As we got deeper into far-west Texas the complexion of the land changed. Towns got further apart, stands of mesquite and salt cedar gave way to yucca, pine and creosote. After hundreds of miles of unmitigated at we were suddenly confronted with topography - craggy canyons, spires and giant rocks. From inside Big Bend National Park we crossed the border to visit the tiny hamlet of Boquillas del Carmen in Coahuila, Mexico. To get there from the US you can either wade through the chest- deep Rio Grande or pay $5 for a round-trip ride in a rowing boat. Across the sparkling turquoise river donkeys lazed in the meagre shade of scrubby cedars and thatched awnings, waiting to take us a quarter-mile uphill to a dusty one-road town at the base of towering sierras. We were courted by Estabán, an elderly gentleman sporting a toothy smile and a baseball cap with "No Wall" written in blue felt-tip pen. He handed us a binder with tattered printouts of tourist attractions that he could escort us to - an old mine, or a natural hot springs. We politely declined and he left, still smiling.
When the US abruptly shut its borders in 2002, Boquillas was effectively stranded on the other side. Located more than a five-hour drive away from the closest grocery store in Mexico and unable to access vital supplies across the river in the US, the village dwindled to only 14 struggling families. The population and tourist trade has picked up since the port of entry reopened in 2013, but in general the old US habit of crossing the border to shop and carouse is still on pause. Like most Mexican border towns, the historic bars and restaurants sit empty, waiting for tourists to return. Bottles of mezcal and painted ceramics stand unsold in souvenir shops, gathering dust. Yet somehow, amidst limestone canyons and the bleached beauty of the Chihuahuan desert, the community survives by pooling resources such as petrol, vehicles, food and livestock.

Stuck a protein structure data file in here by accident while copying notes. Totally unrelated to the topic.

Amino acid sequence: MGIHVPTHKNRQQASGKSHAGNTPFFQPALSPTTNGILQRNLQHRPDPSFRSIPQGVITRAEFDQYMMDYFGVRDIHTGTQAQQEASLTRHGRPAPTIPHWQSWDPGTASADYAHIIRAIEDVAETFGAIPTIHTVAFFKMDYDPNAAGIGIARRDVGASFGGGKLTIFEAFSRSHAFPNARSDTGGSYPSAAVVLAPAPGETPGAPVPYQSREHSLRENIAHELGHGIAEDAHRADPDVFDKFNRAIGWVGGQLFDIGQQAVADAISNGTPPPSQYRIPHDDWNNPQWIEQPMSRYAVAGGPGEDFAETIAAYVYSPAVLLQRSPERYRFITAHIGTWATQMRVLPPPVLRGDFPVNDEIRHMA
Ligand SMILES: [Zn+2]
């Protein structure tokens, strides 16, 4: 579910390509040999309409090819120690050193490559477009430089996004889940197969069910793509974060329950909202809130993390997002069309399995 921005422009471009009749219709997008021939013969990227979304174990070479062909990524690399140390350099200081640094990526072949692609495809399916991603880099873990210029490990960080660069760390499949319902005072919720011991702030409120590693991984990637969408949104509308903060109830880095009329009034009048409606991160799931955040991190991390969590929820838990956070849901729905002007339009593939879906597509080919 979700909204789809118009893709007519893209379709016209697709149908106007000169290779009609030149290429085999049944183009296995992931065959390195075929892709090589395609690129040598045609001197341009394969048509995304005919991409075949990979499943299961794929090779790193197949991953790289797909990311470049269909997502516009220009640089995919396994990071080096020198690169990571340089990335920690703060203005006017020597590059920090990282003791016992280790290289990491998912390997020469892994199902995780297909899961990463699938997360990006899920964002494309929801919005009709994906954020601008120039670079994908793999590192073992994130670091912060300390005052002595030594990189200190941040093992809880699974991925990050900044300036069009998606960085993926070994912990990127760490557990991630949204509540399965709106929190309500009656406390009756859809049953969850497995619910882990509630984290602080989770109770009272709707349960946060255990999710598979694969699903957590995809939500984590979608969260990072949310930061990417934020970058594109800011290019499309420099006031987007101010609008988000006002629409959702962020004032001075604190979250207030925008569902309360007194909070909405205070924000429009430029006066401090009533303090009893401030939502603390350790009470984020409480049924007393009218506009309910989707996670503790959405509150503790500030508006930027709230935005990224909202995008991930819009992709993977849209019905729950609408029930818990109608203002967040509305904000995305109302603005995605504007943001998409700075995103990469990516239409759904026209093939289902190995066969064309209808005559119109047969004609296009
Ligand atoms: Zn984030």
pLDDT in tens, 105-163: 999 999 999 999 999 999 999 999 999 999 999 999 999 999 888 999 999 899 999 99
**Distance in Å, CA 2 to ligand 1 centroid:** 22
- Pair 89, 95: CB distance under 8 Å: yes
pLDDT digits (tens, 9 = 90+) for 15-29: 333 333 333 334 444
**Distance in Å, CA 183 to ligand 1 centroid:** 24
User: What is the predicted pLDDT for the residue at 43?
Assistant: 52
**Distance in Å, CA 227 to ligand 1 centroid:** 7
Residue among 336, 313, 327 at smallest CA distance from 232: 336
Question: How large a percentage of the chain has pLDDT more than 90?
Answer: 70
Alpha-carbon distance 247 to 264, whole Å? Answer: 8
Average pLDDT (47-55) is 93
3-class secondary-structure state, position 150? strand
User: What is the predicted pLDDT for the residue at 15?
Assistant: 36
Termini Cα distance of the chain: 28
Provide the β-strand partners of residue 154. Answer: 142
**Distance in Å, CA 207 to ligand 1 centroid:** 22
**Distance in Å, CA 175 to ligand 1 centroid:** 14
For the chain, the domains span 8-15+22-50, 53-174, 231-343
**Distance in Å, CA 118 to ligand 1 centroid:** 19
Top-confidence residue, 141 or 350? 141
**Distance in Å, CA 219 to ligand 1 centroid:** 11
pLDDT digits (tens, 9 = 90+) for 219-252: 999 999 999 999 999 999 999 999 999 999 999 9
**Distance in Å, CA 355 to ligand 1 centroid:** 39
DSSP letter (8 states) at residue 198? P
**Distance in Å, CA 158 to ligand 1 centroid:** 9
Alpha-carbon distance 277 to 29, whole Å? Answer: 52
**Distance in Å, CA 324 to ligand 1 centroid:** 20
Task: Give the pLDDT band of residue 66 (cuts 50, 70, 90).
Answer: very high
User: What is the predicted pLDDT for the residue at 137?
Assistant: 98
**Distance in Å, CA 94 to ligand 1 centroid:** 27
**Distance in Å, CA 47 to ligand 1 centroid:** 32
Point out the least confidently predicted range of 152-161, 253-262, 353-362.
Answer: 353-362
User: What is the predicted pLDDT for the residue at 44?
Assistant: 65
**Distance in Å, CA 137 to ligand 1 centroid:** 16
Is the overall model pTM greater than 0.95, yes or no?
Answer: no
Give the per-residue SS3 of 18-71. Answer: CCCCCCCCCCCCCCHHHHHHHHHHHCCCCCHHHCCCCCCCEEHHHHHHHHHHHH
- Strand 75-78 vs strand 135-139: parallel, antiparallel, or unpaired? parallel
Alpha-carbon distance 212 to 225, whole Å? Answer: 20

Being so geographically distant from Mexico City and Washington DC, border towns have their own strong sense of community and self-reliance, as well as a distance from the dominant cultures of either country. We found strong expressions of this in the old mining and waterstop towns such as Terlingua, Texas and Bisbee in Arizona. The latter, for example - once the biggest copper-mining town in the world - is now a small liberal enclave tucked into the Mule Mountains where artists and hippies have been cultivating a tight, free-spirited community since mining operations ceased in the 1975. Today Bisbee's extraordinarily well-preserved early 20th-century downtown still looks very much like it did back when General "Black Jack" Pershing hunted the Mexican revolutionary Pancho Villa here in the early 1900s, back when it was the largest city between St Louis and San Francisco. "This is a very diverse town," a local artist told us over beers at St Elmo bar (est. 1902). "We have gay people, straight people, artists, alcoholics, Mexicans, bikers, cartels, hippies and very wealthy people. The golden rule is not to tell anyone else how to think."
We started to identify a particular "type" who tended to seek out these peripheral places. Die-hard hippies and ageing new-ageists who began searching for a more authentic, forgiving America after the Vietnam War - or the later mall-ification of the nation - found something in these remote and often desolate outposts. They encountered communities underwritten by the confluence of several different codes of morality - the family-oriented warmth of Hispanic culture, the inter-reliance and kinship of desert-dwellers as well as the resilience and isolation-prone nature of cowboys, farmers and ranchers. Underneath it all was a rm belief in diversity and tolerance. We met people who had left New York, LA, Vietnam, Mexico and Iowa to live out their dreams in this bubble of small-town, cosmopolitan Americana. The promise of the United States here seemed to be very much alive and well.